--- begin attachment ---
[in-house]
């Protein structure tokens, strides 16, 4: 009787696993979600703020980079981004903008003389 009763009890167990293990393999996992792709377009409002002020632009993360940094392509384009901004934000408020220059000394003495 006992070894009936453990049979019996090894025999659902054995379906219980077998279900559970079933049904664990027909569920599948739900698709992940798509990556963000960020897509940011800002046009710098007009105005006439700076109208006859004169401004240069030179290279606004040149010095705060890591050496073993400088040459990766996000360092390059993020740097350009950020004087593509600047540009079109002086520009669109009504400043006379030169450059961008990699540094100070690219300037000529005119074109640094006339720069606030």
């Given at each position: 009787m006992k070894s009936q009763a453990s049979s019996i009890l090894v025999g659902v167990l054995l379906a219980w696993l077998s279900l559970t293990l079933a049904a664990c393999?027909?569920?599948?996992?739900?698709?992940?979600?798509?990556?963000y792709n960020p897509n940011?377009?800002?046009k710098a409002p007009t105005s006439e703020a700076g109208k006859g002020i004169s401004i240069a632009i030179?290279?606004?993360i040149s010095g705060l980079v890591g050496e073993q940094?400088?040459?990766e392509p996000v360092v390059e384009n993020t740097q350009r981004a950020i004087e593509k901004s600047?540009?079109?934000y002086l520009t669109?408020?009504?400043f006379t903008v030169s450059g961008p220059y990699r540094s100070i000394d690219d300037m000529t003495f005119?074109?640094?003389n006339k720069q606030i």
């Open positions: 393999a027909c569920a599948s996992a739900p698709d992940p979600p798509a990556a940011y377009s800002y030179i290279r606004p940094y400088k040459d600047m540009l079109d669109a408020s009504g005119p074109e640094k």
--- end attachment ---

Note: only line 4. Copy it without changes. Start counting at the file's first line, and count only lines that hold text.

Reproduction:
């Open positions: 393999a027909c569920a599948s996992a739900p698709d992940p979600p798509a990556a940011y377009s800002y030179i290279r606004p940094y400088k040459d600047m540009l079109d669109a408020s009504g005119p074109e640094k």